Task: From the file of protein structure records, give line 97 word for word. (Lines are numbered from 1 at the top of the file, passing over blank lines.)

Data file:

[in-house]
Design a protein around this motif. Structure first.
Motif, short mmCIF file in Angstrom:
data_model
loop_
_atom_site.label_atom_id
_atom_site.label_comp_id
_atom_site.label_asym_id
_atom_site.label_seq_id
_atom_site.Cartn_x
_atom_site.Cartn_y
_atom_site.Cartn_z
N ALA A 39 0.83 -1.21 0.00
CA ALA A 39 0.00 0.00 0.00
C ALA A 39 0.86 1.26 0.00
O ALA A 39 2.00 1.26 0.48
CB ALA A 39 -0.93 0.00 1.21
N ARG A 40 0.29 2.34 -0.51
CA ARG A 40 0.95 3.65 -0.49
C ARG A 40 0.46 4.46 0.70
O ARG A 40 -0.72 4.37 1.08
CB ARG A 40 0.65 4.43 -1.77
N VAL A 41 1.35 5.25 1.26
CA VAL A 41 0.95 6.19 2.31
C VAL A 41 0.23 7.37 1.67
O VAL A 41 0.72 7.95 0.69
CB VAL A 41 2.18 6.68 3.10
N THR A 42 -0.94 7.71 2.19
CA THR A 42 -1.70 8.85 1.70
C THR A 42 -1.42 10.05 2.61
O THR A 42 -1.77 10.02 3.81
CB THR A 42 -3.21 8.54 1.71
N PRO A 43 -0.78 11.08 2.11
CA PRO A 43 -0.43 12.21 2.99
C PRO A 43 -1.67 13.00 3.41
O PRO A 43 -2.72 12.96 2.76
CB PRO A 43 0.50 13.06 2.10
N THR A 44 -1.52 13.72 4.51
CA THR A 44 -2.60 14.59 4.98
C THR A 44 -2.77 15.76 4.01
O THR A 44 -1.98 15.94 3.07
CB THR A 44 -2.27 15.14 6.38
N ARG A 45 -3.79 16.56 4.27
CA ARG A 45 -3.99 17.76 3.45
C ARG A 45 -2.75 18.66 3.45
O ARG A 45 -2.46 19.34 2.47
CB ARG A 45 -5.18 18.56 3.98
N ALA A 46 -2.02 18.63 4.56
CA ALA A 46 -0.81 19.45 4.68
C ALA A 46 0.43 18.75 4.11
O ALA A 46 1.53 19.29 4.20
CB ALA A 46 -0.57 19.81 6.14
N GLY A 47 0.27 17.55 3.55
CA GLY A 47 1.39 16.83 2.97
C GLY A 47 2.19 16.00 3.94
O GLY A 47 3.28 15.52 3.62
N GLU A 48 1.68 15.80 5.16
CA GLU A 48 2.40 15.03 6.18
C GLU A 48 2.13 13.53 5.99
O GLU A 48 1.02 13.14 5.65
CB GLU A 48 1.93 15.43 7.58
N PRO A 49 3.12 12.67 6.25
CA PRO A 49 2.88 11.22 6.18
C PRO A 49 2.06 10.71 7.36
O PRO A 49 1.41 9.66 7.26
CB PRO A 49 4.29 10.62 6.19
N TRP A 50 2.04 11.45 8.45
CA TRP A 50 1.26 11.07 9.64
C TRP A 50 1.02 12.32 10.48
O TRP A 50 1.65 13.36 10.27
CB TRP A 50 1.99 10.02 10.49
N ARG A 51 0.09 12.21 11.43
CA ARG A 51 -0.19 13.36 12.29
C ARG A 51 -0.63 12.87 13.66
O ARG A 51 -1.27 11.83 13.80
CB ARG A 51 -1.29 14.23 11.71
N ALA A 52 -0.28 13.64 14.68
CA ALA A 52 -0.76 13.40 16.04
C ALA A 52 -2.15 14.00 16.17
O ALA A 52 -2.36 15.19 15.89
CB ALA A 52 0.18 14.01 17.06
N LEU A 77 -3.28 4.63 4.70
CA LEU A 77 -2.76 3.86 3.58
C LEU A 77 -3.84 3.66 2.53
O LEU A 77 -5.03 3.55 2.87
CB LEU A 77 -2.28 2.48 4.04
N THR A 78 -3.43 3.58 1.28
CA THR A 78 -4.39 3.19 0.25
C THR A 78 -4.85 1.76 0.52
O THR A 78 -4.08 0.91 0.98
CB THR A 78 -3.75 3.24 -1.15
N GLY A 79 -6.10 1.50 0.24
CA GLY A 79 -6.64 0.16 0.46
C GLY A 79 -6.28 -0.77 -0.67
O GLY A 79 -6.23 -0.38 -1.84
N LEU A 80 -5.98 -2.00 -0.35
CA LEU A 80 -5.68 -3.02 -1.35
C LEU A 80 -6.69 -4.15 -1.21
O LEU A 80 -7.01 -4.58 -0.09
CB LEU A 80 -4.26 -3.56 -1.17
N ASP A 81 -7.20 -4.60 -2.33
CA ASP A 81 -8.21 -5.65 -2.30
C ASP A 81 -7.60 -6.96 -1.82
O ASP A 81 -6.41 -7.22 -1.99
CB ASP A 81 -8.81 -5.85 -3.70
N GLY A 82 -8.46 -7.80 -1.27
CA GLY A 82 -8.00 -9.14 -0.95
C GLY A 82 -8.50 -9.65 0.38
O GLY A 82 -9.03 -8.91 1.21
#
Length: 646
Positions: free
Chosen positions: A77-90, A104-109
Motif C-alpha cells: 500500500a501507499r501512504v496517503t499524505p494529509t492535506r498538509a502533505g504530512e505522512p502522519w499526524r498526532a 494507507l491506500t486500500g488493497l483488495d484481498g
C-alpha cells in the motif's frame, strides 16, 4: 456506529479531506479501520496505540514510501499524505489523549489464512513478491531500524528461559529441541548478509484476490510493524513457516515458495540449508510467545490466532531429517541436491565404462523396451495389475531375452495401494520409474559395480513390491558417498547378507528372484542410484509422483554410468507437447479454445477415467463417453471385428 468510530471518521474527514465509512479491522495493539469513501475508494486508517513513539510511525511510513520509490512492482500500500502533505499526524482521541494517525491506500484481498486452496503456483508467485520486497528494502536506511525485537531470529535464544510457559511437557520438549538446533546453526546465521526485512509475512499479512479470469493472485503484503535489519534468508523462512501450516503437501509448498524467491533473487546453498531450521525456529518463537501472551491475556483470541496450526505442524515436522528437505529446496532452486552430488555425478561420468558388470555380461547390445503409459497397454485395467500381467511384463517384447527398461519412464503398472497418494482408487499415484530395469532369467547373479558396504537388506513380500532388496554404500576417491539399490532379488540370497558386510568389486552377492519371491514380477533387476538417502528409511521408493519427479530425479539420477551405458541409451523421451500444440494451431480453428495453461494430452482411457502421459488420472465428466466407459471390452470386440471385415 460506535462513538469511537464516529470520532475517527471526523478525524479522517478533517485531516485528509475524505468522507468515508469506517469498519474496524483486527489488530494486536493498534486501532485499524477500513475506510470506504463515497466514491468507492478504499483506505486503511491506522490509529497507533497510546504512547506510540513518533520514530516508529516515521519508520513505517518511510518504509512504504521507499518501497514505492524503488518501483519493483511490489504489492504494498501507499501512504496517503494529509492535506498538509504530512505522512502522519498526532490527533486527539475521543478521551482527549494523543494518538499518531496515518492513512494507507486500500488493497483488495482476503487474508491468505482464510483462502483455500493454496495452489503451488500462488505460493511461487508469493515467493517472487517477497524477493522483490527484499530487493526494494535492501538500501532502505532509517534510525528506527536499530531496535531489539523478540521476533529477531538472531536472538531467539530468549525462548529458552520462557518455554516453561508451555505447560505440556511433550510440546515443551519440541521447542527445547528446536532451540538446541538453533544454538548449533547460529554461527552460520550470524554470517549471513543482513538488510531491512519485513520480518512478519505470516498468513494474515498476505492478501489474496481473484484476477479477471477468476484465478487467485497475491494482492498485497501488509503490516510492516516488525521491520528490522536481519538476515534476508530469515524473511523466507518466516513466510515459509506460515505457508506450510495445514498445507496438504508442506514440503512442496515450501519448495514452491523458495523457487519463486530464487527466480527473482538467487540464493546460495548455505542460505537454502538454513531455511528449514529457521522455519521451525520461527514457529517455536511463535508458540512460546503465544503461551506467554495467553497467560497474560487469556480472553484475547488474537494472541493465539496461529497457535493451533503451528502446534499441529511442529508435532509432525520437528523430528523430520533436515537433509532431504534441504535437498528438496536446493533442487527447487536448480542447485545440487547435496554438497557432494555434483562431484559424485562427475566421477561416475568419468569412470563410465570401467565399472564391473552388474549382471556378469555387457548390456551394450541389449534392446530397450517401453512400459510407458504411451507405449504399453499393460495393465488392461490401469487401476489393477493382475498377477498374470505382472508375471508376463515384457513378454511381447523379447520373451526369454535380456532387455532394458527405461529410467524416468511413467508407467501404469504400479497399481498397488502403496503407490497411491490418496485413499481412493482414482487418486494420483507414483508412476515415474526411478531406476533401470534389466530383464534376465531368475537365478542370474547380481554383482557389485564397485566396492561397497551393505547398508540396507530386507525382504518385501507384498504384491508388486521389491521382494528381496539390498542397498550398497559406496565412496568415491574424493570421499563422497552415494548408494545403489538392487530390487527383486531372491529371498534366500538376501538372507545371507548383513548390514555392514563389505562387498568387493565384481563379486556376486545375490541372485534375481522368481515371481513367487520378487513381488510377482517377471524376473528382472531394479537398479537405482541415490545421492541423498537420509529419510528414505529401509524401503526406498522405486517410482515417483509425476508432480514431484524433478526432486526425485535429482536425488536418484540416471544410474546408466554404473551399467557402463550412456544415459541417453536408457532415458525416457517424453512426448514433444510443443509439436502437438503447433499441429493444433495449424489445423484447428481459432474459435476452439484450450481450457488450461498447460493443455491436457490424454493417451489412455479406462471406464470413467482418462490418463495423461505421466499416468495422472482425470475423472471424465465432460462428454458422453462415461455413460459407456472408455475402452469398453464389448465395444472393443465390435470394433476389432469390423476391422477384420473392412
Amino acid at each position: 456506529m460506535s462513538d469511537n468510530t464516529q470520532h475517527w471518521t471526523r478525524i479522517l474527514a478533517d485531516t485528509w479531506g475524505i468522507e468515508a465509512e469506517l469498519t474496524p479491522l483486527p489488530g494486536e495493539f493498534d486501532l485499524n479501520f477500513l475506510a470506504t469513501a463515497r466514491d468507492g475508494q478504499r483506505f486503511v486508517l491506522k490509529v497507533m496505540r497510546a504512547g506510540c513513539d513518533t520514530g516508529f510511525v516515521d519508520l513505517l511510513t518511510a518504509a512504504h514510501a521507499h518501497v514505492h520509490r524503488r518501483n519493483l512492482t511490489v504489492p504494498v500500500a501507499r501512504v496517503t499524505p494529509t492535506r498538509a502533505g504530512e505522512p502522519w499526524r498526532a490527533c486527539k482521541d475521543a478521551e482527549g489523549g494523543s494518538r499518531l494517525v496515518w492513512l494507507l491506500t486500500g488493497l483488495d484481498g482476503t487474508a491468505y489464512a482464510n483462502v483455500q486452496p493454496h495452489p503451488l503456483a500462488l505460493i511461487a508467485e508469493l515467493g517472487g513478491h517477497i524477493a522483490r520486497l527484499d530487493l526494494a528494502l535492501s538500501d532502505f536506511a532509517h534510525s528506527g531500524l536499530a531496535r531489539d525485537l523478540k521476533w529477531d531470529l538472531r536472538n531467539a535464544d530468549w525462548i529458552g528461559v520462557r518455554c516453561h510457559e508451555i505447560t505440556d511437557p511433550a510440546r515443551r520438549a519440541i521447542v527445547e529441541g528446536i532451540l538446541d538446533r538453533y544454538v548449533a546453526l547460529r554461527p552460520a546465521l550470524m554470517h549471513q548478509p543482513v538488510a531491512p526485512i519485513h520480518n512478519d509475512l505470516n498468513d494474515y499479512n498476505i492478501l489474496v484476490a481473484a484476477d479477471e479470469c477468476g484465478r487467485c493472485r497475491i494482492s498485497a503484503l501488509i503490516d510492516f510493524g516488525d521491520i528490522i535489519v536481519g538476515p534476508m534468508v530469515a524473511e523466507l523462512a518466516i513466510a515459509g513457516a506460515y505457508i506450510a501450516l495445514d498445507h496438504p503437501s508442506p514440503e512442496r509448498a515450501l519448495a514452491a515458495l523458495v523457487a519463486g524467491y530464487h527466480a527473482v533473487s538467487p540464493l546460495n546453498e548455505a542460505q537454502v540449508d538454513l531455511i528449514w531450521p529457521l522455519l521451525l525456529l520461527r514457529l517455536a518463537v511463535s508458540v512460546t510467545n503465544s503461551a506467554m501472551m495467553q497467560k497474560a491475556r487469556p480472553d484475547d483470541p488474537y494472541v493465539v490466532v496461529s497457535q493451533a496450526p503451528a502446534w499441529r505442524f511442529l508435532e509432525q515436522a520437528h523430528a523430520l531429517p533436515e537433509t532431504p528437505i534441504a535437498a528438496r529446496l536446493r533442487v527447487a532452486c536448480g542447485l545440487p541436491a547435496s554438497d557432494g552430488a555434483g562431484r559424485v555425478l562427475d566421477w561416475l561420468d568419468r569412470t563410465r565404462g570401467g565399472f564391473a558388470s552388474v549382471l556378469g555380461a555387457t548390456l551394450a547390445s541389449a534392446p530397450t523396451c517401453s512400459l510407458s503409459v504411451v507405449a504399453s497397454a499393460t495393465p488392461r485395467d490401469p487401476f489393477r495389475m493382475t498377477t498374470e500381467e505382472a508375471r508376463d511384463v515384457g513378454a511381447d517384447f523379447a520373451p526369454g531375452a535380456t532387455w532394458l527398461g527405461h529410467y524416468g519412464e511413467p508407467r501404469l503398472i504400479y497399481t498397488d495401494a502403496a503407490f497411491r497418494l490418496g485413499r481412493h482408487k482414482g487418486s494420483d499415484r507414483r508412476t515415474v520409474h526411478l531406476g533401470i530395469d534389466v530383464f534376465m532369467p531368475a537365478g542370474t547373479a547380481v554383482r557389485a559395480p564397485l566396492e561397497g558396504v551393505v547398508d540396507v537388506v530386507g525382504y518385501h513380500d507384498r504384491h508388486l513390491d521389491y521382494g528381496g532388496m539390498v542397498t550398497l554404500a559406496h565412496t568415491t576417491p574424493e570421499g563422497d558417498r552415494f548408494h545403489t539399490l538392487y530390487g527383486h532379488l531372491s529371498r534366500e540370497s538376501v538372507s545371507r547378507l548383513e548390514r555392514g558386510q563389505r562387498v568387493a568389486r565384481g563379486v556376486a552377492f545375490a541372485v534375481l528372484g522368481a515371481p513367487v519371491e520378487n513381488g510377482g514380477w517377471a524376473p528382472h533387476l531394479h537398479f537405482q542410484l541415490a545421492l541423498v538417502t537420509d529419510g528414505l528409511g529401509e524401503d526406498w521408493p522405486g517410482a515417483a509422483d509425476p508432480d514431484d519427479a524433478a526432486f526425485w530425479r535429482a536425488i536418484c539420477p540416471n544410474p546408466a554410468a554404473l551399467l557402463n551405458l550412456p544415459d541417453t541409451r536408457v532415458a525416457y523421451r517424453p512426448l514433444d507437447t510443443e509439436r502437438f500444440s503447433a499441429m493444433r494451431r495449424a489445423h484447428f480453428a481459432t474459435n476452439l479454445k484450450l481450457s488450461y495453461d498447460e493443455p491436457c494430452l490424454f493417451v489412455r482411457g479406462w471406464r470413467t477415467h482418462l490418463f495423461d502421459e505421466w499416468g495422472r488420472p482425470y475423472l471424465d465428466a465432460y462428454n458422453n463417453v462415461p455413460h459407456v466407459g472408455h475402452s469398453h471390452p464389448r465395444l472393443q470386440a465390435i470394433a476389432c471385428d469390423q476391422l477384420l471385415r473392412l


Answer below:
CA LEU A 80 -5.68 -3.02 -1.35